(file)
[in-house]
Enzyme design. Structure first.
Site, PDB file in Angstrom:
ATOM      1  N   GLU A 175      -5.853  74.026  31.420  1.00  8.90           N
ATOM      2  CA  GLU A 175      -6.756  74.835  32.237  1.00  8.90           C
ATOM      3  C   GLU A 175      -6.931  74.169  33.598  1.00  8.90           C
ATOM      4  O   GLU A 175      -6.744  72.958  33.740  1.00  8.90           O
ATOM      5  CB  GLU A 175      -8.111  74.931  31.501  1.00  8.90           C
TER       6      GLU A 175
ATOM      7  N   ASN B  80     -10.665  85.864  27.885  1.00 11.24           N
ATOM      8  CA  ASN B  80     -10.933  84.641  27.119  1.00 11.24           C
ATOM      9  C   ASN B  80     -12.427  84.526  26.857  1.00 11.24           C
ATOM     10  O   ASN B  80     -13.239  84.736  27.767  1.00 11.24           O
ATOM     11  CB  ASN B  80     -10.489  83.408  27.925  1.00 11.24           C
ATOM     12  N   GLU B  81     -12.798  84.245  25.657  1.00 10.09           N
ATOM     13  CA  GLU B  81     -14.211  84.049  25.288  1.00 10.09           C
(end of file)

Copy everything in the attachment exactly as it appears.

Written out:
[in-house]
Enzyme design. Structure first.
Site, PDB file in Angstrom:
ATOM      1  N   GLU A 175      -5.853  74.026  31.420  1.00  8.90           N
ATOM      2  CA  GLU A 175      -6.756  74.835  32.237  1.00  8.90           C
ATOM      3  C   GLU A 175      -6.931  74.169  33.598  1.00  8.90           C
ATOM      4  O   GLU A 175      -6.744  72.958  33.740  1.00  8.90           O
ATOM      5  CB  GLU A 175      -8.111  74.931  31.501  1.00  8.90           C
TER       6      GLU A 175
ATOM      7  N   ASN B  80     -10.665  85.864  27.885  1.00 11.24           N
ATOM      8  CA  ASN B  80     -10.933  84.641  27.119  1.00 11.24           C
ATOM      9  C   ASN B  80     -12.427  84.526  26.857  1.00 11.24           C
ATOM     10  O   ASN B  80     -13.239  84.736  27.767  1.00 11.24           O
ATOM     11  CB  ASN B  80     -10.489  83.408  27.925  1.00 11.24           C
ATOM     12  N   GLU B  81     -12.798  84.245  25.657  1.00 10.09           N
ATOM     13  CA  GLU B  81     -14.211  84.049  25.288  1.00 10.09           C